People who are not rich can not afford to be careless, because clothes that are not taken care of will not last as long as those which are kept in order. A small outlay of money and a liberal expenditure of time and patience will keep even a meager wardrobe in good order, and will forestall the outlay of considerable sums. Eternal vigilance is the price of decency for poor folks. Garments often wear out faster when not being worn than when they are in use. Dresses crowded into a closet, and allowed to hang for days under the weight of a cloak or two or three other dresses, will not pass the ordeal without injury. Lingerie carelessly tossed into a drawer, where there is a confused assortment of other articles, will not come out in good order for wearing again; and torn flounces, mended with pins, do not add to the durability of a dress any more than does putting it away with an accumulation of street dust on the bottom.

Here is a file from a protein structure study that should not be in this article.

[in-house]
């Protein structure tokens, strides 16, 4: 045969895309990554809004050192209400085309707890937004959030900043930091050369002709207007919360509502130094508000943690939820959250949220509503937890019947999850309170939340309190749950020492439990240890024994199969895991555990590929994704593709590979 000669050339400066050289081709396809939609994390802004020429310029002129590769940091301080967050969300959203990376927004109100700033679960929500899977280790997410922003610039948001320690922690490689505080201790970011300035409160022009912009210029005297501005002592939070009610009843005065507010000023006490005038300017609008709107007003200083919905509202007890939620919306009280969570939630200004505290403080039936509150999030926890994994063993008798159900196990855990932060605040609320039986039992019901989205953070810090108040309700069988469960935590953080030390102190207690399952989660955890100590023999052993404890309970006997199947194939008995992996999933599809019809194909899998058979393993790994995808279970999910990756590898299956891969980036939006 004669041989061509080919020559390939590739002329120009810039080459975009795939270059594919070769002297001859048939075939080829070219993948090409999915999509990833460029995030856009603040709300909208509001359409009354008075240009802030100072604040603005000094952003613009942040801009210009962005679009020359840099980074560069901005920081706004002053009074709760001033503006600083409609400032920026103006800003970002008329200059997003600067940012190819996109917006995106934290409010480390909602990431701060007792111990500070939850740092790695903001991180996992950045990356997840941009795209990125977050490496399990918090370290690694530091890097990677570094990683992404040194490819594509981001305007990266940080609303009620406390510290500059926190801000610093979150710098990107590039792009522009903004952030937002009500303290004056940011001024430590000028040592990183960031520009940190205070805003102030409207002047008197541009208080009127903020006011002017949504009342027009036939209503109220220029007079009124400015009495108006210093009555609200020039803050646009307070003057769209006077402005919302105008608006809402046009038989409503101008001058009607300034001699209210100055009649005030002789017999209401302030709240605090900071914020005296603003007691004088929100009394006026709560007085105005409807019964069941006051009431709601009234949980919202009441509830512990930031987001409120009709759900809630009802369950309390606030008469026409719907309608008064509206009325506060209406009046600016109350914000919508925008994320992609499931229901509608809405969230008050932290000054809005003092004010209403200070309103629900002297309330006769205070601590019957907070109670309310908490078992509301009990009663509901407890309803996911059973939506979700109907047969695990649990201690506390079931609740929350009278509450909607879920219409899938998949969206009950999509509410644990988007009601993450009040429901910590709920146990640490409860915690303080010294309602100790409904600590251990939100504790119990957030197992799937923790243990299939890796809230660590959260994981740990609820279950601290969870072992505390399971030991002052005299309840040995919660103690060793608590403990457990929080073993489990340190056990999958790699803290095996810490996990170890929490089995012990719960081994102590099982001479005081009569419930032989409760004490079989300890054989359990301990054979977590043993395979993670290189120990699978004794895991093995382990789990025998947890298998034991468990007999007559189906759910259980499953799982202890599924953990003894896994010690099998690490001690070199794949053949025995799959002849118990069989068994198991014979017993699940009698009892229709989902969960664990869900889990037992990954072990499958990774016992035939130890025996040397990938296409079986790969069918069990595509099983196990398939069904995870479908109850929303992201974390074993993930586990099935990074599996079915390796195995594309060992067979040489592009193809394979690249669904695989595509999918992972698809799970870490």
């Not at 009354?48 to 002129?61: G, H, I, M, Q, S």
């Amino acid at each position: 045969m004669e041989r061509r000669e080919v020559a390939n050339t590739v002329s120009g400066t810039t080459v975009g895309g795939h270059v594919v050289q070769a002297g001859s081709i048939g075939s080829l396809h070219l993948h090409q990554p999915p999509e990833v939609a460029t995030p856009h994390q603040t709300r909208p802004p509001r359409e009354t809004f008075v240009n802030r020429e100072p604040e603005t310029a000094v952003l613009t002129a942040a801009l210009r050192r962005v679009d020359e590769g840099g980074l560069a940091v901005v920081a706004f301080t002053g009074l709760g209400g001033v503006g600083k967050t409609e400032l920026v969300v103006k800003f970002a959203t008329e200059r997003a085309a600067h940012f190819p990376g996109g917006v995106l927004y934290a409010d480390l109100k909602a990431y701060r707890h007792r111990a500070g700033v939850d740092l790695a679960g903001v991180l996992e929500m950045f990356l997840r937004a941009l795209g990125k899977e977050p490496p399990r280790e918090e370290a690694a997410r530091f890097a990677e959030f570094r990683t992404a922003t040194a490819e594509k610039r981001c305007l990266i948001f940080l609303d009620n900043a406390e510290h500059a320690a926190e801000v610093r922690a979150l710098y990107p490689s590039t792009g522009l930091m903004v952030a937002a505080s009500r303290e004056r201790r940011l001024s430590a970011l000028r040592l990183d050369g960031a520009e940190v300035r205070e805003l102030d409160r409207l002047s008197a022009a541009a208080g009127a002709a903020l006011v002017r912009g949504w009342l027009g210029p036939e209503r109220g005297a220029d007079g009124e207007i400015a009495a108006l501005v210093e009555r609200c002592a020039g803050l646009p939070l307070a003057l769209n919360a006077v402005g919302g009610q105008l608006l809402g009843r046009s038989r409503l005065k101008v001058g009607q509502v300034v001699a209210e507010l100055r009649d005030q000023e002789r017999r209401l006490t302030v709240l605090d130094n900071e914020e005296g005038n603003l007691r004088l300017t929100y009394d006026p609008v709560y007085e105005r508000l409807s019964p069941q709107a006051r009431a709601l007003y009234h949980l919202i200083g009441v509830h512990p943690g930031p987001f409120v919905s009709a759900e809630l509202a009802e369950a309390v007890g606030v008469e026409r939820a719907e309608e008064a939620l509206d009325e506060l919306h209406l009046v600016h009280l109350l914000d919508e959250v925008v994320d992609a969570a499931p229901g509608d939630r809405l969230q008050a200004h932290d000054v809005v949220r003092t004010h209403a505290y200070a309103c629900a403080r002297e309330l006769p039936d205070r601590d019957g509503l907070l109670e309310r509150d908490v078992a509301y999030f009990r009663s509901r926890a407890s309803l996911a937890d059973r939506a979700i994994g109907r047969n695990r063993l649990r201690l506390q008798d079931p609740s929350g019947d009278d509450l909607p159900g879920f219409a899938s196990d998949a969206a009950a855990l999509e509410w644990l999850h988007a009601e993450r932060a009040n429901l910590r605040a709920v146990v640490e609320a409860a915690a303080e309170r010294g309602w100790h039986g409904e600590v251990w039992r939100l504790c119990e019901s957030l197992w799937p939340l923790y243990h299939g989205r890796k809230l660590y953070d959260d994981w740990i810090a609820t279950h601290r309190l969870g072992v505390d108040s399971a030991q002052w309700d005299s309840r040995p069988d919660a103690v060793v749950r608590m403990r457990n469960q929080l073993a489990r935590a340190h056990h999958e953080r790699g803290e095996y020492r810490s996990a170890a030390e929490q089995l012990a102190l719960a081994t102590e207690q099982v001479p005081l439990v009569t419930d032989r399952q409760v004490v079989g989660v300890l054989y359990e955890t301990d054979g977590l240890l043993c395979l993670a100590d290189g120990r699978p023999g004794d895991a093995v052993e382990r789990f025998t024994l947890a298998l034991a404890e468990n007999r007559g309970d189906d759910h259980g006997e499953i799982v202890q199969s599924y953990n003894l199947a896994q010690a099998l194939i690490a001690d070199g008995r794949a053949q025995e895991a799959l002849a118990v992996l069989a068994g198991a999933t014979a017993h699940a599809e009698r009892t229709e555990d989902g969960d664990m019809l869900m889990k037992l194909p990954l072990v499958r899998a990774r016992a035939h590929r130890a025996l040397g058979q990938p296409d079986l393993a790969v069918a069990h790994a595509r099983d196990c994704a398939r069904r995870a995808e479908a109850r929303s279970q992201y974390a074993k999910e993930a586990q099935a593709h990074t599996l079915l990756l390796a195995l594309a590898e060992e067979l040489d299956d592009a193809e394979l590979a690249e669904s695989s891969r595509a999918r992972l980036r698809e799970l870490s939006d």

Handsome dresses that are not often worn should be folded with extreme care, with every ruffle and plaiting in place. This plan is supposed to prevent the sagging of the drapery that is sometimes given oy constant hanging. Another way to prevent this is to hang it upside down occasionally by tapes pinned upon the bottom of the skirt; this reverses all the customary folds, and freshens the general appearance. Of course every bit of dust should have been previously wiped off, and for this purpose nothing is better than an old silk handerchief. The dress should be pinned up in towels or pices of old muslin, and laid away upon a shelf, or in a drawer, if an empty one sufficiently large is available. The importance of keeping dresses in shape when they are off the person is so well understood in Franee that many ladies who do not have maids of their own hire a professional expert to fold away their more elegant dresses. When unfortunately, the closets of a house are not roomy enough to contain good dresses without folding too much, large pasteboard boxes may be ordered from any box maker or book bindery, which will soon save their cost by preventing injury to costly garments. As a rule, put away every article of apparel as soon as it is taken off. Dresses must be shaken and brushed, and if they have been worn in the street, thoroughly cleaned upon the bottom, then they should be hung up by loops sewed on the back of each armhole, and if possible allowed the full possession of the hook or nail, as hanging under or against other garments is no advantage to dress. Shawls should be carefully folded in the original creases and pinned up in a square of clean linen before laying away in a drawer. Cloaks must be brushed, and either laid in a long drawer or trunk and subjected to no pressure from other garments, or hung up by a loop on the back of the neck; or better still, cut a piece of wood something in the shape of a wooden yoke, such as is sometimes used across men's shoulders to suspend milk pails to, and fasten it up by a string tied in the middle and hang the cloak upon that. It will keep the back and shoulders in good shape. It is a good plan, in a large closet that is often opened, to have a calico curtain to protect that part of it devoted to cloth and woolen goods, as by contact with dust they soon grow gray and dingy.